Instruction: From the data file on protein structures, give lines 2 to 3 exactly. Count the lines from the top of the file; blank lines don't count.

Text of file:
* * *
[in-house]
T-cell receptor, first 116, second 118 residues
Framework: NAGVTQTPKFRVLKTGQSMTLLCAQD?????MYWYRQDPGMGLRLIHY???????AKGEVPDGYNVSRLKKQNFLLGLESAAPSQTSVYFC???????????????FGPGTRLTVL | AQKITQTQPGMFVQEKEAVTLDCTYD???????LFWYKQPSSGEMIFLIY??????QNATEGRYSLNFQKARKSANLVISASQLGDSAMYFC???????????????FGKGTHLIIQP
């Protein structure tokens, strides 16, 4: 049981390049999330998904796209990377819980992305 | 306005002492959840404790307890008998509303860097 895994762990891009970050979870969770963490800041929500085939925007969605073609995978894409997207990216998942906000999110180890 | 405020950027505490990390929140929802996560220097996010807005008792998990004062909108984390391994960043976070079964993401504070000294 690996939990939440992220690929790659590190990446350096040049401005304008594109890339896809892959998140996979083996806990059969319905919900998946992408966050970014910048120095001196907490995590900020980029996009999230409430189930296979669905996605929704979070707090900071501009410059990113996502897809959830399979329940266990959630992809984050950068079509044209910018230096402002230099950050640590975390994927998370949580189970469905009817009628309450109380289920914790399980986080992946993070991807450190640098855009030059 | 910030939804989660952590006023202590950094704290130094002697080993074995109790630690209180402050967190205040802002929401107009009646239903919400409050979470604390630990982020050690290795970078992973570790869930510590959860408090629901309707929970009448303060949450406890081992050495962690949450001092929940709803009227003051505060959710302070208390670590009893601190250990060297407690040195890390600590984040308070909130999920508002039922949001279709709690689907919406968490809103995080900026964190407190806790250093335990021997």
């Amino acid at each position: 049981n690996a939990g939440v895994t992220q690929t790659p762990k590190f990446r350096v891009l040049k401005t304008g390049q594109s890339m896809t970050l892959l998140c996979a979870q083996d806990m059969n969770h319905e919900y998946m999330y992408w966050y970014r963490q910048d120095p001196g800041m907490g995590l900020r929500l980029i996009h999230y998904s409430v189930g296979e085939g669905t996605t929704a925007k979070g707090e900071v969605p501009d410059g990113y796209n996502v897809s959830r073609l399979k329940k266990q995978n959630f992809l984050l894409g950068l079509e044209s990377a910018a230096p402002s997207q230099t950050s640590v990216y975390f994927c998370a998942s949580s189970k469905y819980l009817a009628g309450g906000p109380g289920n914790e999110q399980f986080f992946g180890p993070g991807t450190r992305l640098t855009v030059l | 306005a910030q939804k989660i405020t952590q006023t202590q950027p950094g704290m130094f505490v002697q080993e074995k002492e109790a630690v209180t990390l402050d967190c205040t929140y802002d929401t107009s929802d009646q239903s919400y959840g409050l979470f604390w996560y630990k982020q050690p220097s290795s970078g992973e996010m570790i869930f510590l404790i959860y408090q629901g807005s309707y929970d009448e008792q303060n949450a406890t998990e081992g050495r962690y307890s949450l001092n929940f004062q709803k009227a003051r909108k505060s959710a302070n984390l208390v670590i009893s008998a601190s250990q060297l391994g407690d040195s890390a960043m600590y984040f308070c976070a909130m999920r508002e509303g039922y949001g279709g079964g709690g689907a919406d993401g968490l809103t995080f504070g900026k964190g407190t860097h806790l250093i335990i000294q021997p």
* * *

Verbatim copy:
T-cell receptor, first 116, second 118 residues
Framework: NAGVTQTPKFRVLKTGQSMTLLCAQD?????MYWYRQDPGMGLRLIHY???????AKGEVPDGYNVSRLKKQNFLLGLESAAPSQTSVYFC???????????????FGPGTRLTVL | AQKITQTQPGMFVQEKEAVTLDCTYD???????LFWYKQPSSGEMIFLIY??????QNATEGRYSLNFQKARKSANLVISASQLGDSAMYFC???????????????FGKGTHLIIQP